Natural Gas Processing and Handling
Despite a dip earlier in the year, natural-gas prices remained steady over 2017, averaging $2.99/million Btu. According to the US Energy Information Administration (EIA), the decrease in natural-gas price in 2017 was because of the warmer winter and lower gas usage for power generation, which led to lower demand.
According to the latest figures from the International Energy Agency, the year-over-year aggregate gross consumption (production plus imports minus exports and stock changes) for US natural gas was up 5.7% in October 2017. Rising demand from Mexico coupled with lower gas prices and greater pipeline capacity resulted in US exports increasing by 0.4 Bcf/D in 2017, and they are expected to increase by a further 0.6 Bcf/D in 2018. In 2017, the US also became a net exporter for the first time since 1957 when taking annual figures into account.
Early 2018 has been a different story, however, with natural-gas prices already hitting a couple of peaks (of greater than $5/million Btu according to the Henry Hub Spot Price history). In the US, colder-than-expected temperatures contributed to peaks in demand, but, at the time of writing, the prices have settled down to the pre-“bomb cyclone” levels, with current natural-gas prices almost mirroring those in 2017 (at $2.868/million Btu). The Henry Hub Natural Gas Spot Prices are projected to average $2.88/million Btu in 2018.
The EIA predicts that natural-gas usage for residential and commercial purposes will likely increase by 1.3 Bcf in 2018. Industrial consumption is also expected to rise by 1.2% this year, with an average of 21.7 Bcf/D. Dry-natural-gas production is expected to rise to 6.9 Bcf/D (9.3%). Most of the growth in natural gas is expected to be in the Marcellus, Utica, and Permian basins. Similarly, for liquefied natural gas (LNG), the forecasts are rosy, with an expected average rate of 3.0 Bcf/D in 2018. This is because of an expected increase in production from the Cove Point terminal in Maryland and additional facilities coming online this year—namely, the Elba Island facility in Georgia and the Freeport LNG plant in Texas.
A novel hybrid solvent for acid-gas removal improves the handling of sour natural gas by effectively dealing with mercaptans present without the need for modifying facilities and with no adverse effects on the sulfur-recovery units down the line. This enables the whole process to be more economical and efficient while meeting the necessary health, safety, and environment requirements.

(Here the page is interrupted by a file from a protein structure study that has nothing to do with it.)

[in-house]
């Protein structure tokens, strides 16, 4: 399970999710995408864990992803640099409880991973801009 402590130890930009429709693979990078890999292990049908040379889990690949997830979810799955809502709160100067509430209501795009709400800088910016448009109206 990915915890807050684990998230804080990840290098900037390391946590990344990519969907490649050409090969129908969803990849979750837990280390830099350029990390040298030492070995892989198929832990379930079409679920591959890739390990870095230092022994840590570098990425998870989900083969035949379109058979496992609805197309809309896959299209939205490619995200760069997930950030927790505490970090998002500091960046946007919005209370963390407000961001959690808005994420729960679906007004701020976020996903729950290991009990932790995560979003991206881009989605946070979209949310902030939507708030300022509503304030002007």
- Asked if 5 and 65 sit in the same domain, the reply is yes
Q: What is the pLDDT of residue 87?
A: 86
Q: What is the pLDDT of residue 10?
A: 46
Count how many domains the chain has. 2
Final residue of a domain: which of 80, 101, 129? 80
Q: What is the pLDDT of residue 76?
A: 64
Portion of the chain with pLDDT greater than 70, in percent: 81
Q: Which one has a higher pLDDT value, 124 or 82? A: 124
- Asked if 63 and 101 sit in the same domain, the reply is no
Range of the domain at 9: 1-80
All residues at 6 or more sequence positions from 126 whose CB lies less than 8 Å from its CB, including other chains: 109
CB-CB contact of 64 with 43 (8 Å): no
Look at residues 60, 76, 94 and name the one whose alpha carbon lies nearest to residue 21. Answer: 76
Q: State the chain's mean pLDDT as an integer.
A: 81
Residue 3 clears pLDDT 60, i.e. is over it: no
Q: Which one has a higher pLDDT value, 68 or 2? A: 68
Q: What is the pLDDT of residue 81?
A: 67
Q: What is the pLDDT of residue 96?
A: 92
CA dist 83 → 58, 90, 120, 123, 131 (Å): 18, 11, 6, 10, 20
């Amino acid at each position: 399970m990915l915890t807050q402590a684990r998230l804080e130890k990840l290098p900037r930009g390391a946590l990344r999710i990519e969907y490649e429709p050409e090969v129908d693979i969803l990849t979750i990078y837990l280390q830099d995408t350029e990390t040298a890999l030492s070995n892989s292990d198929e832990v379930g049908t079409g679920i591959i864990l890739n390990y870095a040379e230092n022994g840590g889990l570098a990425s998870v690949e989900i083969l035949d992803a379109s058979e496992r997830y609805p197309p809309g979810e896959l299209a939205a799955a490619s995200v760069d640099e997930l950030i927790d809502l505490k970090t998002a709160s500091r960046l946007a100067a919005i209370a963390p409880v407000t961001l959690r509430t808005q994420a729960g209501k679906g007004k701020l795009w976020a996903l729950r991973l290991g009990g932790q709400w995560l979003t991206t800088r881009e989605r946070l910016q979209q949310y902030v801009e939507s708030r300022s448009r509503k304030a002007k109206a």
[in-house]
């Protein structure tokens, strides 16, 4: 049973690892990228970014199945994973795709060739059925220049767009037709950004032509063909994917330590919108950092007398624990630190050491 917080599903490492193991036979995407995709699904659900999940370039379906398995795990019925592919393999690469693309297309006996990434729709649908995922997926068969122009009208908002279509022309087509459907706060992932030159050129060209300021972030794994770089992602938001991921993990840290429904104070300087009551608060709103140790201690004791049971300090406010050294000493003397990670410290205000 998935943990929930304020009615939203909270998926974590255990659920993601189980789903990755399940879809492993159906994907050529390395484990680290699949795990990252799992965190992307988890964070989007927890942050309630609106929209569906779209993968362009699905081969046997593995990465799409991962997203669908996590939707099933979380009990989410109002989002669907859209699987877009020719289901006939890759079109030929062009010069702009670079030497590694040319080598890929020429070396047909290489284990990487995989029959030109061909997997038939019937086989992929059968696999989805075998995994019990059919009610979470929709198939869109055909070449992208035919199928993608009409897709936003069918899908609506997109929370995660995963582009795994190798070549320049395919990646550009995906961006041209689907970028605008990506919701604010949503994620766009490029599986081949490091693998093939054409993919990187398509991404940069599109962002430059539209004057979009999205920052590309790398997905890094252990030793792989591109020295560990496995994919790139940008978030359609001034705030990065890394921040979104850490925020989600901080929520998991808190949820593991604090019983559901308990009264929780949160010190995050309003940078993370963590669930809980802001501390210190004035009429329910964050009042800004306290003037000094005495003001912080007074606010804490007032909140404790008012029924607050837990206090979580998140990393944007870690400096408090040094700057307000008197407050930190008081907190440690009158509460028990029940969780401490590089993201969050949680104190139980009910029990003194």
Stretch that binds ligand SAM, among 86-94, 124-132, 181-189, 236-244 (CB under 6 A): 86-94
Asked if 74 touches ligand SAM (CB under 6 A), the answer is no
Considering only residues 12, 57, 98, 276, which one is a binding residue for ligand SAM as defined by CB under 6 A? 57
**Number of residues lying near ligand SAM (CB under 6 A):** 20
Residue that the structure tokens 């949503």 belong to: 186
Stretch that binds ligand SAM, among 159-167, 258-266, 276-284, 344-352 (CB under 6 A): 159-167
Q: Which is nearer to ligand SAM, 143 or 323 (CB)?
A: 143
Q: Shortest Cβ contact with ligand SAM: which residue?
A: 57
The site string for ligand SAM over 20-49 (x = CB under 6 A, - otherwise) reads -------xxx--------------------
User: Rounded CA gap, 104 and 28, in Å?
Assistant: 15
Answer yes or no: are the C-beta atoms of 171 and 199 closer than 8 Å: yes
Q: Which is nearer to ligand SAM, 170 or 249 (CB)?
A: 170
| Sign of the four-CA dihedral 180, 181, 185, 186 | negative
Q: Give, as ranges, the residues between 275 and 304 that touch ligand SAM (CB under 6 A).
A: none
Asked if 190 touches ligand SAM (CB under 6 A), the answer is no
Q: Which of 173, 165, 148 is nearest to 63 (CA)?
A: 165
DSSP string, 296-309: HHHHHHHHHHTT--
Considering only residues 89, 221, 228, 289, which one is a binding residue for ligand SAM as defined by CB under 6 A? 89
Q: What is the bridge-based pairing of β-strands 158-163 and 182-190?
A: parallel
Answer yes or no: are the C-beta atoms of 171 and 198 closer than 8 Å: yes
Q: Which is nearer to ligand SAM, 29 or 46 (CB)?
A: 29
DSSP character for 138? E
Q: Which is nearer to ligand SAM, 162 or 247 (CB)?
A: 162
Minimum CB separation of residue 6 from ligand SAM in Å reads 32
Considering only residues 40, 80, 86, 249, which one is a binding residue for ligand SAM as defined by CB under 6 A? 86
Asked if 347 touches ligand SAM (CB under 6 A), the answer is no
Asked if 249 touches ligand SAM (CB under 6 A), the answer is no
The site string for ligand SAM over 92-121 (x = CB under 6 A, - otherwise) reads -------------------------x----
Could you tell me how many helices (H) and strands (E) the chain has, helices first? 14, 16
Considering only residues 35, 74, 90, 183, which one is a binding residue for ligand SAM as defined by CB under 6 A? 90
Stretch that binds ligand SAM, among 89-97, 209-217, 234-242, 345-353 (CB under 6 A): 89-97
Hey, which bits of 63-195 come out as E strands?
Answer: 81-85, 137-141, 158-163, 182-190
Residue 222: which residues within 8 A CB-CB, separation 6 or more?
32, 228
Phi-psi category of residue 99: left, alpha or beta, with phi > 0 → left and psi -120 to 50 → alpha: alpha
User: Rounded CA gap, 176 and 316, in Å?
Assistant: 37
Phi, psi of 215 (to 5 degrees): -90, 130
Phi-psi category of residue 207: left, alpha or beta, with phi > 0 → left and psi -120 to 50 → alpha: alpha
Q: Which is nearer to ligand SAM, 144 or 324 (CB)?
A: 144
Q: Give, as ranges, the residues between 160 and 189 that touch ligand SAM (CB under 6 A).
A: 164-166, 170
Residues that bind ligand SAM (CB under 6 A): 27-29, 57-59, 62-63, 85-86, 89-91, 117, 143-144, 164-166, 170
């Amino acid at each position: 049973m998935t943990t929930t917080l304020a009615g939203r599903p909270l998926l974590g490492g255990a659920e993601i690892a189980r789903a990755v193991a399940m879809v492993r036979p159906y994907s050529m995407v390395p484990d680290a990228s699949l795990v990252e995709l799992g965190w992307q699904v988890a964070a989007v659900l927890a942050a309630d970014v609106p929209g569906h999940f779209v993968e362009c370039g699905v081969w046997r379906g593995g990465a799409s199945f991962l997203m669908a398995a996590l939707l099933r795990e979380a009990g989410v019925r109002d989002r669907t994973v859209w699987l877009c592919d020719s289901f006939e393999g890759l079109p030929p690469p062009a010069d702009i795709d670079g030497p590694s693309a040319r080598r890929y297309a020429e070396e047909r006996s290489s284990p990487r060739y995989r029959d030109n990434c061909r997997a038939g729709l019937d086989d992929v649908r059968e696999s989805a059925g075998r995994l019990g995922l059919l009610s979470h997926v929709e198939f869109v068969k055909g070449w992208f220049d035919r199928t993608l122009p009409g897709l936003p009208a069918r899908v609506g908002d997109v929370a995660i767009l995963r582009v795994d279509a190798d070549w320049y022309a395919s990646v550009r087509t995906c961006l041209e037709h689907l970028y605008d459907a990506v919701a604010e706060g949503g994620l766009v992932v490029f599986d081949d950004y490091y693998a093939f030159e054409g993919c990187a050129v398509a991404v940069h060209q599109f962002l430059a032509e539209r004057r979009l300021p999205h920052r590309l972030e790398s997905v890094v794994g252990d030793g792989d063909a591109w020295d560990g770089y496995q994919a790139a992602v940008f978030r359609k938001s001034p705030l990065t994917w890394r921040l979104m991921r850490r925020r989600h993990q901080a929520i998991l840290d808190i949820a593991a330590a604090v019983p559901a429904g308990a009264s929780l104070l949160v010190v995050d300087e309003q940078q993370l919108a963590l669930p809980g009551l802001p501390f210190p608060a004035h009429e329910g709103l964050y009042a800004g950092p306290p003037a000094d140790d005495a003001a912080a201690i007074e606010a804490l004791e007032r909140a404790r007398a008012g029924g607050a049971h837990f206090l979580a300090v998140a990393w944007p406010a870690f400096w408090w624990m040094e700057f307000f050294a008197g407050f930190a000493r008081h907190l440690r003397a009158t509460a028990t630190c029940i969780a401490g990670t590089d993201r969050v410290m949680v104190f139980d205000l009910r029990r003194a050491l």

To learn more, visit the 2018 SPE Annual Technical Conference and Exhibition in Dallas on 24–26 September and the 2018 SPE Asia Pacific Oil and Gas Conference in Brisbane, Australia, on 23–25 October.
This Month's Technical Papers
Recommended Additional Reading
SPE 186394 Investigation of Failed LNG Boil-Off Gas-Transfer-Line-Expansion Bellows Using Finite-Element-Analysis Approach by E.Y. Pratama, PT Badak LNG
SPE 186932 From Sandface to Processing Plant, an Integrated View of an Operating Envelope in a Gas/Condensate System by M. Sueiro, Repsol, et al.
SPE 188347 Overcoming Challenges To Reduce H2S Content in Sales-Gas-Transmission Pipelines by JagannathRao PrakashRao Allamaraju, Abu Dhabi Gas Industries, et al.
Natural Gas Processing and Handling
Ehsaan Ahmad Nasir, SPE, Reservoir Engineer, Baker Hughes, a GE Company
01 April 2018
Comparison of Various Offshore Industrial Gas Technologies
Offshore oil-exploration drilling and testing are key for the production of oil; however, a number of associated challenges, particularly the handling of associated gas, must be overcome.
Total Boosts LNG Business With Purchase of Engie Assets
Total is making an LNG push by spending up to $2 billion for assets belonging to fellow French firm Engie.
What’s the Future for LNG?
LNG as a fuel source has been an energy staple for many Asia-Pacific countries for decades, and is increasing in importance in other regions as countries look to diversify their energy mix.
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16 April 2018